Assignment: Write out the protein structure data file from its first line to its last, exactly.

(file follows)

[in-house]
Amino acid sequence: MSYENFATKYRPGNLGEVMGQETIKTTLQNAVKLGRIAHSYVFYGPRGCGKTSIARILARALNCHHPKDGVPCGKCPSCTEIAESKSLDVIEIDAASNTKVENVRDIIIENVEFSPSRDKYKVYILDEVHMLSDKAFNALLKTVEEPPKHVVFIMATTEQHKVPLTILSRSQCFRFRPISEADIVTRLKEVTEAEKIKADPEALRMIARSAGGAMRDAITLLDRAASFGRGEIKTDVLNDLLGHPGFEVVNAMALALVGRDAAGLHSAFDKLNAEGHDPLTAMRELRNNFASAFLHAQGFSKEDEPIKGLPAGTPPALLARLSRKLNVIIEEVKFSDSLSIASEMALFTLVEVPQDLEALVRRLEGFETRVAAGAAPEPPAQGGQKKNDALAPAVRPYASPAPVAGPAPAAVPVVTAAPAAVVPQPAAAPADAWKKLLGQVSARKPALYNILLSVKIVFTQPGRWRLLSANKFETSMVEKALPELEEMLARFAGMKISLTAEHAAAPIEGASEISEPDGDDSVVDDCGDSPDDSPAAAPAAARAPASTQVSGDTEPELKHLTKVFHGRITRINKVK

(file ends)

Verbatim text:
[in-house]
Amino acid sequence: MSYENFATKYRPGNLGEVMGQETIKTTLQNAVKLGRIAHSYVFYGPRGCGKTSIARILARALNCHHPKDGVPCGKCPSCTEIAESKSLDVIEIDAASNTKVENVRDIIIENVEFSPSRDKYKVYILDEVHMLSDKAFNALLKTVEEPPKHVVFIMATTEQHKVPLTILSRSQCFRFRPISEADIVTRLKEVTEAEKIKADPEALRMIARSAGGAMRDAITLLDRAASFGRGEIKTDVLNDLLGHPGFEVVNAMALALVGRDAAGLHSAFDKLNAEGHDPLTAMRELRNNFASAFLHAQGFSKEDEPIKGLPAGTPPALLARLSRKLNVIIEEVKFSDSLSIASEMALFTLVEVPQDLEALVRRLEGFETRVAAGAAPEPPAQGGQKKNDALAPAVRPYASPAPVAGPAPAAVPVVTAAPAAVVPQPAAAPADAWKKLLGQVSARKPALYNILLSVKIVFTQPGRWRLLSANKFETSMVEKALPELEEMLARFAGMKISLTAEHAAAPIEGASEISEPDGDDSVVDDCGDSPDDSPAAAPAAARAPASTQVSGDTEPELKHLTKVFHGRITRINKVK